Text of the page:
As Beryl moves into the Southeast early this morning, its impacts will be widespread. However, not all news will be bad.
Travelers and beachgoers in the Southeast will have to keep a close eye on Beryl's movement. Heavy rain bands on the western side of Beryl have already started to impact portions of southeastern Georgia and northern Florida.
Into today, the heavy rain will move farther west into southern Georgia and interior parts of northern Florida.
Torrential, tropical downpours can create localized flooding in the region into today.
Travelers on Interstate 95 south of Florence, S.C., to Daytona Beach, Fla., will contend with blinding downpours and gusty winds into today. Travelers on I-16 between Savannah and Macon, Ga., I-75 between Macon, Ga. and Gainesville, Fla., and I-10 from Jacksonville, Fla., to Tallahassee, Fla., will encounter similar conditions.
Water conditions will be hazardous along the East coast from the Carolinas to Florida, with very rough surf and dangerous rip currents through today.
In fact, at least 48 people were rescued as a result of strong rip currents at Tybee Island, Ga. Saturday afternoon.
Tropical storm-force winds in excess of 50 mph with gusts to hurricane force will hit eastern Georgia and northern Florida today.
While widespread structural damage from wind is not expected from Beryl, damages incurred can knock out power in the region.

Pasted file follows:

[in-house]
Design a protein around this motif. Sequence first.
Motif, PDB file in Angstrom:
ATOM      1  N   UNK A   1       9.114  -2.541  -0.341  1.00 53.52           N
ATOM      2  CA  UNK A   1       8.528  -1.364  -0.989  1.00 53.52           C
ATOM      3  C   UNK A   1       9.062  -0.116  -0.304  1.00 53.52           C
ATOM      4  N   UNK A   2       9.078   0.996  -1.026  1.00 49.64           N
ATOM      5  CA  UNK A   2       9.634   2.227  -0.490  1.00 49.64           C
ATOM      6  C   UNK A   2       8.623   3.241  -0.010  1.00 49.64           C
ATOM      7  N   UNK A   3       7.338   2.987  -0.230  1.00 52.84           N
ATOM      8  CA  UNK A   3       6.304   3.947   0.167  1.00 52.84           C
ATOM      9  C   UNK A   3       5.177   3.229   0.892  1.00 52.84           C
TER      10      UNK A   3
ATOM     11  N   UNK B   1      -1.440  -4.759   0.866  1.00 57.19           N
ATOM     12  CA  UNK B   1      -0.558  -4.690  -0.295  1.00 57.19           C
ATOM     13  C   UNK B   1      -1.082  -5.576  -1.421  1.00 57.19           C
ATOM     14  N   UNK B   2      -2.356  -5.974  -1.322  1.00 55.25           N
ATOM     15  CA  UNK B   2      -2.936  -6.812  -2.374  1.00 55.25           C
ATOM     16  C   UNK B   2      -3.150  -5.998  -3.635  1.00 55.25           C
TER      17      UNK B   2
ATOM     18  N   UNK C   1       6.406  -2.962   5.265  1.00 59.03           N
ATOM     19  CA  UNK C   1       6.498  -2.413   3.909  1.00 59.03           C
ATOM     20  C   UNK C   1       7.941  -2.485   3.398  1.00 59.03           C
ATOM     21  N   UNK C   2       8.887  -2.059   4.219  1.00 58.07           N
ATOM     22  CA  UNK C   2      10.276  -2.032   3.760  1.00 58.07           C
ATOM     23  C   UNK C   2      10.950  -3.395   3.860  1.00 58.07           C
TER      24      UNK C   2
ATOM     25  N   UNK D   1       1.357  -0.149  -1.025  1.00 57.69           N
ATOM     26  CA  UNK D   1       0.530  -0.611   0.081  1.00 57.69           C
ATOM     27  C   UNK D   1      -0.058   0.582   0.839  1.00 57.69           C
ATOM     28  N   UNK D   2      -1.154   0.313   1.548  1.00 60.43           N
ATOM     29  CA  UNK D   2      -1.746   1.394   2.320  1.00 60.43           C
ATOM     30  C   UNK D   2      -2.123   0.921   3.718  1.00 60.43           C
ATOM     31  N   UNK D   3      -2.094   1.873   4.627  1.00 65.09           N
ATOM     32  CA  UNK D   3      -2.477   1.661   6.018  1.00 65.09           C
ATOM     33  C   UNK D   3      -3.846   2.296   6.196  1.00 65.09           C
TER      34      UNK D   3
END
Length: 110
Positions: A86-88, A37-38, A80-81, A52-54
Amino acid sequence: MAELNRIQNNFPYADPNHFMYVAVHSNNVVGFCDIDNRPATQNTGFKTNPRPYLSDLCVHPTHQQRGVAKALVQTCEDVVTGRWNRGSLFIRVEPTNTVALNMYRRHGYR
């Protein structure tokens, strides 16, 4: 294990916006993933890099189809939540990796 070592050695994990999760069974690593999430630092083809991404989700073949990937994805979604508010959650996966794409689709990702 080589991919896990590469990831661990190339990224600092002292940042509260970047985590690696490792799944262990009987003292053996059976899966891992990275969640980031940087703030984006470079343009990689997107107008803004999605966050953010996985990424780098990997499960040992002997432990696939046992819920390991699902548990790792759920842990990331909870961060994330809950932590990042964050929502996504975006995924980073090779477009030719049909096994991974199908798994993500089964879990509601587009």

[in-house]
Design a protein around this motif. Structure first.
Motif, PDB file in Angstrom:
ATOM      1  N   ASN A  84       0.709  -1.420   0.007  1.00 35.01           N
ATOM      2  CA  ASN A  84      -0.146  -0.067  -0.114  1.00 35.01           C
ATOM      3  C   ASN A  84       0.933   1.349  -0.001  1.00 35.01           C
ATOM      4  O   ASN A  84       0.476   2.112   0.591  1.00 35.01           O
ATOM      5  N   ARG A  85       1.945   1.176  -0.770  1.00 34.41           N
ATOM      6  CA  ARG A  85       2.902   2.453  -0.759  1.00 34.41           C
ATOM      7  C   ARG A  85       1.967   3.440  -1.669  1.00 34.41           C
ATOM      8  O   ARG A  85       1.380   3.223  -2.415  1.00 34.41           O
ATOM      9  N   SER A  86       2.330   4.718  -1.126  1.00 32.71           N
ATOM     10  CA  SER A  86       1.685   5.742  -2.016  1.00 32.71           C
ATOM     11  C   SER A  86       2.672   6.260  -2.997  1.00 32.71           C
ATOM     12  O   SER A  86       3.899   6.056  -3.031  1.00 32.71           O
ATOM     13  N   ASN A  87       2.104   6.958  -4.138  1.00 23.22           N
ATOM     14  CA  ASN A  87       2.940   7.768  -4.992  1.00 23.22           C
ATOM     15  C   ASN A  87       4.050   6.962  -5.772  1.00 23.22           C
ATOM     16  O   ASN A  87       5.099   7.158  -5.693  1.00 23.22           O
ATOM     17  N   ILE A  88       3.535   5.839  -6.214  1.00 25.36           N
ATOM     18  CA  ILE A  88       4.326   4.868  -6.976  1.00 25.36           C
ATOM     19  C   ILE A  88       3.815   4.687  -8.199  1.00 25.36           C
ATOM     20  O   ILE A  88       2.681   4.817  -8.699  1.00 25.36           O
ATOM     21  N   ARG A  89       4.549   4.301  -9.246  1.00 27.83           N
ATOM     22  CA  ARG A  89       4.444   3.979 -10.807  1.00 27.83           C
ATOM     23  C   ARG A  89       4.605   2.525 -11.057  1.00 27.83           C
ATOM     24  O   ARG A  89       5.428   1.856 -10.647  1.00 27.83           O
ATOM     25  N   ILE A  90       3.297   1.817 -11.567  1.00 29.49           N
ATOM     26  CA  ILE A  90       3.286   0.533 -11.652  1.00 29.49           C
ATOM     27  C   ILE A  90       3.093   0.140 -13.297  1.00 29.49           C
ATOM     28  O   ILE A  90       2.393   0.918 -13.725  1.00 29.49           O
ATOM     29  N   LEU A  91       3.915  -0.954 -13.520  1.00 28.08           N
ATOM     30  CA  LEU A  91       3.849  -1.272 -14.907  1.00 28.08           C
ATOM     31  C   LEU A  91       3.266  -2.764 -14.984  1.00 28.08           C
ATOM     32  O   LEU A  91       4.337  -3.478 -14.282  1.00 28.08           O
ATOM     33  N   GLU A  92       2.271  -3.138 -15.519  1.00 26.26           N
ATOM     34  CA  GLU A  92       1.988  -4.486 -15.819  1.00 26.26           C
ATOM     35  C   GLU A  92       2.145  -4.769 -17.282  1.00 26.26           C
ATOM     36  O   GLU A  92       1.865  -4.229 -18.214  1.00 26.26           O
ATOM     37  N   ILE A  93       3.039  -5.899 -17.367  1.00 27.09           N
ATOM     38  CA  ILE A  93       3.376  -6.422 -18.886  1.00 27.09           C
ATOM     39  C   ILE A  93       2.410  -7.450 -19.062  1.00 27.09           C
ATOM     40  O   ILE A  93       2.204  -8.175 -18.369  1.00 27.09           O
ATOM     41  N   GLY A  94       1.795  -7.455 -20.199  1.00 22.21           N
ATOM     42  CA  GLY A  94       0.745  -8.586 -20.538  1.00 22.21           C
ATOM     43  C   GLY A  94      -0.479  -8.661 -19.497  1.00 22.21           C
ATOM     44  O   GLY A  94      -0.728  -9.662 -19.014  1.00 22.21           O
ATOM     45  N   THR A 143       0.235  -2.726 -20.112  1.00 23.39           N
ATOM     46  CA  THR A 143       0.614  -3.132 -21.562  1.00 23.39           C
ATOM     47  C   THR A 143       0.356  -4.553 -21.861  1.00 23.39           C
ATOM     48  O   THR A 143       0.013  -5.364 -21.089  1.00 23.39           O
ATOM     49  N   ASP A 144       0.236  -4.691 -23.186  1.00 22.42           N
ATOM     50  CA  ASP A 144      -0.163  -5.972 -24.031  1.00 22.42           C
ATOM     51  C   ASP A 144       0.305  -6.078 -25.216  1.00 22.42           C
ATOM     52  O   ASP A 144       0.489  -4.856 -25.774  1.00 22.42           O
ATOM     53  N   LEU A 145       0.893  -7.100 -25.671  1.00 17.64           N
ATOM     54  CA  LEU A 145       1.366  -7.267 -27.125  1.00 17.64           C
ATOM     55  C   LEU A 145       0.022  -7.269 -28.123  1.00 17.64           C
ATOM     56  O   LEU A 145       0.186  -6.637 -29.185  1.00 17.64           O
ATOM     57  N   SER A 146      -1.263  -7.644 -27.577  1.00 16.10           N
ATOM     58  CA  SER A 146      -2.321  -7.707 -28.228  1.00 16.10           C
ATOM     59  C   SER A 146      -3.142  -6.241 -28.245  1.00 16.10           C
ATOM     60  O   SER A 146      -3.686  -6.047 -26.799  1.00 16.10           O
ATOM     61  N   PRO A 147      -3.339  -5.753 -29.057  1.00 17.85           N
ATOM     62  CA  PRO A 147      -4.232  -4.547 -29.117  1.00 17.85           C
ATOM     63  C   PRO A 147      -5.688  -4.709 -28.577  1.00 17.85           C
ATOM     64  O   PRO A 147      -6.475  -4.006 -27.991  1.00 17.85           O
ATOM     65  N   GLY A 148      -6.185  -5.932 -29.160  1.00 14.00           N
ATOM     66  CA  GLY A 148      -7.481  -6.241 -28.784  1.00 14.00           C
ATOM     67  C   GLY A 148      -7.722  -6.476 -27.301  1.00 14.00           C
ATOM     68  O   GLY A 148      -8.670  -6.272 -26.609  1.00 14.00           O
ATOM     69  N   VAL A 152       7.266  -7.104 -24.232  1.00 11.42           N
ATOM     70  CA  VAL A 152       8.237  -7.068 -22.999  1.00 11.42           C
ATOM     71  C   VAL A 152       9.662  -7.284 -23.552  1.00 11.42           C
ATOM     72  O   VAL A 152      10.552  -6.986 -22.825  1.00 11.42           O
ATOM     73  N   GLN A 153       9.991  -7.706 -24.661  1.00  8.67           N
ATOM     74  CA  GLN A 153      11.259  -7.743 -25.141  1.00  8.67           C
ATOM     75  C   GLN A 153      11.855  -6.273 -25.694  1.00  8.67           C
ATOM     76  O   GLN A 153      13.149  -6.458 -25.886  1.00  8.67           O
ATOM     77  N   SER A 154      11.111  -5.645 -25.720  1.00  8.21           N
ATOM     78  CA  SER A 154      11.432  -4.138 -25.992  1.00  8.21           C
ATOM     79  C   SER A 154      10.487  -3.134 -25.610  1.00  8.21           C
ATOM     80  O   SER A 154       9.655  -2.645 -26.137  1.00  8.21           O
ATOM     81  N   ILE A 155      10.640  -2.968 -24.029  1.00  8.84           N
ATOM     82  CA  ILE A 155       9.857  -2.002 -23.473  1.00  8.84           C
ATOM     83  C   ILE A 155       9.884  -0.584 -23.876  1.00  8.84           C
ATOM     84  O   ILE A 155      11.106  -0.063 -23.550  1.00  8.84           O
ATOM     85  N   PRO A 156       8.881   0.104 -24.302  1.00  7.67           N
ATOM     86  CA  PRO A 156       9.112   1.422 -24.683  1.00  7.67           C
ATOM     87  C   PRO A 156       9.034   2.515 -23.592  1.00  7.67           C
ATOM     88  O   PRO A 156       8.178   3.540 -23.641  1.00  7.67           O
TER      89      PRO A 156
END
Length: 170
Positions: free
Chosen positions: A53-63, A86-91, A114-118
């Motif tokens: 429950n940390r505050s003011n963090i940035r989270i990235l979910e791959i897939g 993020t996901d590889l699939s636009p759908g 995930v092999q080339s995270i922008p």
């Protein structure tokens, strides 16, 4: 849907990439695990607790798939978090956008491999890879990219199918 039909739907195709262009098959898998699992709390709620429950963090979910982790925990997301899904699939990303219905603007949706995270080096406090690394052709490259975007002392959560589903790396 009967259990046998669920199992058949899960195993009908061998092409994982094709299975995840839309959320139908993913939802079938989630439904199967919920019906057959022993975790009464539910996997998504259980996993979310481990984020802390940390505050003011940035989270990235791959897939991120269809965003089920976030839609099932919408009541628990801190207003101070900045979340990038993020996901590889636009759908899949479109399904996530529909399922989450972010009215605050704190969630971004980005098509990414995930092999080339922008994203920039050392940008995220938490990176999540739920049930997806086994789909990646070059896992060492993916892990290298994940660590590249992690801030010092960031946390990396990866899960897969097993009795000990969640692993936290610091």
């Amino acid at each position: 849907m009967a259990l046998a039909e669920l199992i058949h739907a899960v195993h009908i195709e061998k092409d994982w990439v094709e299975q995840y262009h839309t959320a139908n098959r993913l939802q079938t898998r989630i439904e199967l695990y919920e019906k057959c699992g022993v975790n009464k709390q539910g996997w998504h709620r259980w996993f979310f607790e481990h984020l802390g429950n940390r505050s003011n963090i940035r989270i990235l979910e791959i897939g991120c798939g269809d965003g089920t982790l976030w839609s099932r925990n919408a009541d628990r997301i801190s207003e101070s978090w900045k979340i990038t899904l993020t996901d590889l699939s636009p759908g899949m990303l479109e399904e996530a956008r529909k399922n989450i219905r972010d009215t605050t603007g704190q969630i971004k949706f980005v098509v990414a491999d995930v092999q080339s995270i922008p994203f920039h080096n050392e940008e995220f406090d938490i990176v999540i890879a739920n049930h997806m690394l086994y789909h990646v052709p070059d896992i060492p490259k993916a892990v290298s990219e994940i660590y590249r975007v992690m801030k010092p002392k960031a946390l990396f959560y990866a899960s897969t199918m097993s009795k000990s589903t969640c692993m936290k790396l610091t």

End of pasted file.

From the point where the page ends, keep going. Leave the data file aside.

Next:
Any garbage cans, chairs or tents set up for outdoor activities can be susceptible to blowing around in the region. Small tree branches may come down as well.
Beryl is sure to dampen holiday weekend plans for many in the Southeast, but Beryl's arrival is not all bad news. Many in the region are desperate for rainfall.
"While flooding is a concern, the rain from Beryl will definitely be beneficial," said Pydynowski. "Jacksonville and a large portion of northeastern Florida are suffering from an exceptional drought."
Beryl will be slow mover after landfall, keeping the wet weather in place. Drenching downpours will last into early next week as the storm gradually moves north and east.
In many cases, good improvement will be made on the drought situation.
Tropical Storm Hermine will turn toward Florida with heavy rain, gusty winds and the risk of flooding late this week.
Another strong tropical disturbance has moved off the coast of Africa and bears watching for strengthening and impact on the Caribbean and the United States during September.
A swarm of tropical systems cruising the Atlantic Ocean will raise surf and risks to beachgoers along the East coast of the United States into Labor Day weekend.
Two tropical systems, Madeline and Lester, could pose hazards to Hawaii into Labor Day weekend.
Though the summer season is winding down, forecasters are predicting a warm start to fall across the Northeast — a weather pattern that could spell bad news for fall foliage lovers.
While warmth will dominate much of Asia this autumn, drought relief is on the way for southeastern areas, but tropical cyclones could threaten lives and property surrounding the Bay of Bengal.
Norfolk, VA (1964)
(Aug. 31 and Sept. 1) 11.40 inches of rain in 24 hours from Hurricane Cleo - all-time record.
The East (1966)
"Official" end of the East's worst drought. Some places had a 4-year deficit of nearly 4 feet.
Death Valley, CA (1971)
The high today was 108; the low 84. These were the coolest readings in the entire month. The average high during August was 115.7 degrees, and the low averaged 93.4.